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News - National Collegiate Landscape Competition Virginia Tech placed 14th out of 62 schools at the 2016 National Collegiate Landscape Competition at Mississippi State in Starkville, Mississippi. Twenty-one students from Horticulture and Agricultural Technology competed in 24 out of 28 events. We are proud of our Hokies! The top 15 placements: 

Justice Schlemmer and Patrick Riley - 1st place, HardNews - National Collegiate scape Install

Landscape Competition

Mike feels that certainly serving on the VNLA Board several times has been a huge influence in many business decisions, as well as having Virginia Tech and the many other Green Business owners within the State have been generous with their counsel. Edited by Sandy Miller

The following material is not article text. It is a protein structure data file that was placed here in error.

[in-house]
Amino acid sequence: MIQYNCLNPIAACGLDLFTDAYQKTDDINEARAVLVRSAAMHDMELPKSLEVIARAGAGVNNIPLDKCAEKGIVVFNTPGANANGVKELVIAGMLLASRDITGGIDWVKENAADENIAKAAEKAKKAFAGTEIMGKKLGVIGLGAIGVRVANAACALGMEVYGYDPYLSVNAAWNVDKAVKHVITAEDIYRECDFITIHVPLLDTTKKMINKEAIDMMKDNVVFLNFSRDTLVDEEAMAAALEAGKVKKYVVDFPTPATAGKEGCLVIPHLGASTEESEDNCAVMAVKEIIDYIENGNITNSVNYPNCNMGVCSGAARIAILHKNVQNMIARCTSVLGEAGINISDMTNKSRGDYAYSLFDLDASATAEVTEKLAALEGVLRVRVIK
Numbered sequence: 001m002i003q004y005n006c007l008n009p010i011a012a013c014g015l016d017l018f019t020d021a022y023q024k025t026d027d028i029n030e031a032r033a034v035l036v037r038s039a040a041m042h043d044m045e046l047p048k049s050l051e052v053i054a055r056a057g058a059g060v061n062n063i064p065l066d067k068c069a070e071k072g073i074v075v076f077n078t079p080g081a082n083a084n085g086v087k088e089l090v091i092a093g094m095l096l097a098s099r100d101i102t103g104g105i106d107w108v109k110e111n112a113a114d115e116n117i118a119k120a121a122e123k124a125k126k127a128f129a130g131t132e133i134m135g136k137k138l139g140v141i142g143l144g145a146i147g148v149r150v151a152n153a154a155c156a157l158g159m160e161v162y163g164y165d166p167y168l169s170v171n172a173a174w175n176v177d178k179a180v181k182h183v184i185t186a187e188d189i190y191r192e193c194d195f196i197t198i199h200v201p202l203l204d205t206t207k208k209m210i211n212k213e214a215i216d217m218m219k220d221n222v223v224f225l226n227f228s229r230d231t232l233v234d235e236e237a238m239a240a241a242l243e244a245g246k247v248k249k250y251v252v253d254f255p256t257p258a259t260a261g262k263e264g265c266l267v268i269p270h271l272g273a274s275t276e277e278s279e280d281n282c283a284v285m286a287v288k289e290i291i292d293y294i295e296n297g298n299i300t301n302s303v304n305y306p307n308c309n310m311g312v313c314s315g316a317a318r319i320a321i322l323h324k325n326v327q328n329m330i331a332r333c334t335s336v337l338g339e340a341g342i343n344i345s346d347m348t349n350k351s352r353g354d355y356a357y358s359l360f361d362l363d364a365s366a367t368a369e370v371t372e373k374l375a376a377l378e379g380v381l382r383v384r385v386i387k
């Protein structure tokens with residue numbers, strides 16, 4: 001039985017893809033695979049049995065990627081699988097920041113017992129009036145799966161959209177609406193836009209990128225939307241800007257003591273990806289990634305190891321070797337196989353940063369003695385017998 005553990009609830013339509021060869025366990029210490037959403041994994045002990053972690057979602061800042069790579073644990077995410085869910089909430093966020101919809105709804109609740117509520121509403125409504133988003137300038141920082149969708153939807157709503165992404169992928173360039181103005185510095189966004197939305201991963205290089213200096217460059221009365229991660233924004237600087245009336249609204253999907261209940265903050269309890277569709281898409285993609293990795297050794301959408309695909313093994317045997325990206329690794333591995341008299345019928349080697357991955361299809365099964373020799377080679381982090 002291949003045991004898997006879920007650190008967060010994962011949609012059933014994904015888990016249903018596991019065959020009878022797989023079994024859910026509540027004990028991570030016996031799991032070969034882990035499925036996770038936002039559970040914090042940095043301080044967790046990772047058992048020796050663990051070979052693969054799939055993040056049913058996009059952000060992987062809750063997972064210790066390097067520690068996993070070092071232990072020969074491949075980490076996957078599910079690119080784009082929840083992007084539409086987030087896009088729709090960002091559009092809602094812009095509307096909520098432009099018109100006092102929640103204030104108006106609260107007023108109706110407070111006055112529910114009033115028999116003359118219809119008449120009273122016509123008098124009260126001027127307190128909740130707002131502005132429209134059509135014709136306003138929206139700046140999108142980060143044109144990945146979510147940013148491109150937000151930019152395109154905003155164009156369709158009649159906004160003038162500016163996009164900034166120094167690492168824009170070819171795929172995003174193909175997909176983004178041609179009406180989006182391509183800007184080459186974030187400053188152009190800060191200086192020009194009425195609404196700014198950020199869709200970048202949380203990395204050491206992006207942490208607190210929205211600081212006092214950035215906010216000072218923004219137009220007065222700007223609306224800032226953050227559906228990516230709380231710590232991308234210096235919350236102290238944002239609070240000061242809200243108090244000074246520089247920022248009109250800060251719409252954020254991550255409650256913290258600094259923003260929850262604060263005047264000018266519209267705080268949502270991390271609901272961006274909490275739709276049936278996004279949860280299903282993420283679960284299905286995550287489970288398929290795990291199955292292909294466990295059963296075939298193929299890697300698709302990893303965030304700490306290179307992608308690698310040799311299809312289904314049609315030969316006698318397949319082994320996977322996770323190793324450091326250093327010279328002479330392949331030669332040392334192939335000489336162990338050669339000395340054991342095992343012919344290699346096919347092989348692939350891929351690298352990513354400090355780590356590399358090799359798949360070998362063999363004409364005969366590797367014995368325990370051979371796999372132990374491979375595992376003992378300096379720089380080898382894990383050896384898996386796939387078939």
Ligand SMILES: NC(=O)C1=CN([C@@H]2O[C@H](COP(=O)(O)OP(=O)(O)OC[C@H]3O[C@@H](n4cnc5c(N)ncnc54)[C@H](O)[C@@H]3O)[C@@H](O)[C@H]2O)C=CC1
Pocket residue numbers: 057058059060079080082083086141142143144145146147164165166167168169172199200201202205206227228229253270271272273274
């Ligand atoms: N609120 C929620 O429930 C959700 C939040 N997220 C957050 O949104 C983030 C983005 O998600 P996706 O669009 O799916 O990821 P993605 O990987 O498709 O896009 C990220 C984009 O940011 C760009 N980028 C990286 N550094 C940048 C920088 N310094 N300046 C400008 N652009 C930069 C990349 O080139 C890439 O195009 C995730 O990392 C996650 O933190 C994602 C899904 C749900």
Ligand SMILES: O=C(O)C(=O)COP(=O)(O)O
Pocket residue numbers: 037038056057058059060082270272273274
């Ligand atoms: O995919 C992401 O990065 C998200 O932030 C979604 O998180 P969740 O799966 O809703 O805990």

News - VT Dining Services Horticulture Farm Update Mike feels that certainly serving Students on the VNLA sevin theBoard Sustainaeral times has been a huge influence in many business decible Agriculture Practicum sions, as well as having Virginiacourse Tech and the many helped make other 2015 Green Business owners within thethe State have been generous most productive seawith their counsel. son at the Dining Services Farm yet, Edited by SandyHorticulture Miller Together, they harvested roughly 48,000 News - VT Dining Services pounds of fresh produce, all served to students, staff, Horticulture Farm Update and faculty at Virginia Tech's award-winning dining halls. A 2015 crop highlight: more thanin600 of Students thepounds Sustainabasil harvested and processed into pesto! Changes and imble Agriculture Practicum provements to the farm should make 2016helped an exciting course makelearn2015 ing experience for students in thethe Practicum. most productive seaat the Dining Services This spring, they will propagateson thousands of rosemary, Horticulture Farm yet,herb thyme, oregano, and sage plants for a new perennial installation. New varieties of purple and yellow fingerling Together, they harpotatoes will go in the ground mid-April. Students help vested roughly will 48,000 upgrade the vegetable washing soon include astaff, new pounds of fresh produce, all shed, served to to students, walk-in cooler, our effort to adopt GAP (Good Agriculand faculty at inVirginia Tech's award-winning dining ture Practice) that foster food-safety the farm. halls. A 2015standards crop highlight: more than 600onpounds of Horticulture graduates with hands-on experience on susbasil harvested and processed into pesto! Changes and imtainable farms willfarm serve valuable in provements to the should makeroles 2016asanprofessionals exciting learnthe growing sustainable food and agriculture movement. ing experience for students in the Practicum.